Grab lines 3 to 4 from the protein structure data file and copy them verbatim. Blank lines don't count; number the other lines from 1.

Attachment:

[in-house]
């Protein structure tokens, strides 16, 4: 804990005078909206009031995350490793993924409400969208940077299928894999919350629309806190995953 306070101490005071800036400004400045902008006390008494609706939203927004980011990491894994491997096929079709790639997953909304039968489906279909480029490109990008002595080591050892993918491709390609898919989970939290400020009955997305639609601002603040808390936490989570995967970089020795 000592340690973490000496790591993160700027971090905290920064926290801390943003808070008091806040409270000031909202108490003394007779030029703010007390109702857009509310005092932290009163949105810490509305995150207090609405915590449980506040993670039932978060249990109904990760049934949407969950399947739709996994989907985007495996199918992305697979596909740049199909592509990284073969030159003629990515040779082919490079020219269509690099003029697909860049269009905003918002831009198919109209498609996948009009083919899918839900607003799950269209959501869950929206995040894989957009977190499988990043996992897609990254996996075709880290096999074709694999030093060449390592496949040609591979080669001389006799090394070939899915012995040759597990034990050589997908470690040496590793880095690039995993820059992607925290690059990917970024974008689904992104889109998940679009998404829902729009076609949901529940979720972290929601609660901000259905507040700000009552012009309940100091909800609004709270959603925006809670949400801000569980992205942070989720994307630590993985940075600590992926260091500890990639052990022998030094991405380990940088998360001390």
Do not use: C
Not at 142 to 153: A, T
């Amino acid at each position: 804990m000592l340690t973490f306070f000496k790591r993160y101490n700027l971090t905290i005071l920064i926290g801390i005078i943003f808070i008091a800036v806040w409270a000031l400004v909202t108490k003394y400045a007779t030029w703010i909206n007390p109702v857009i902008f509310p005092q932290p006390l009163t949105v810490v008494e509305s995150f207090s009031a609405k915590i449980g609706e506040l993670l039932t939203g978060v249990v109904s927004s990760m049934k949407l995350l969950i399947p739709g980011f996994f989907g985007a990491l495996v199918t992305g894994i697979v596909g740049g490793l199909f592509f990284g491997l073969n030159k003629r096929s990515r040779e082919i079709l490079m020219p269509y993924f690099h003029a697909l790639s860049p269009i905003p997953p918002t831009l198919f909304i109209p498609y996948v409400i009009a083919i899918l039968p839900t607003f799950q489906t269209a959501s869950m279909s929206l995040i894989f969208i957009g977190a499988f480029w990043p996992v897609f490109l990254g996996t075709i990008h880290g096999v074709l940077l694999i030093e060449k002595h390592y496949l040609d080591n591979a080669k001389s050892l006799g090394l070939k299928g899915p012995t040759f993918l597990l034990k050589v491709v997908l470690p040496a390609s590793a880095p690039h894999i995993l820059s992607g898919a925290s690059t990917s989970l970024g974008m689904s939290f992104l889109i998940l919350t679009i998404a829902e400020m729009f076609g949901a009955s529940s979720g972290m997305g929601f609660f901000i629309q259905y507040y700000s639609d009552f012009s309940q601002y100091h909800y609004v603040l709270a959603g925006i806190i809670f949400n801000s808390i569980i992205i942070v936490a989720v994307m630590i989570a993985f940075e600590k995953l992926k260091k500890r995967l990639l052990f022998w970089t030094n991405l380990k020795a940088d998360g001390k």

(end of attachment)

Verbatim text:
Do not use: C
Not at 142 to 153: A, T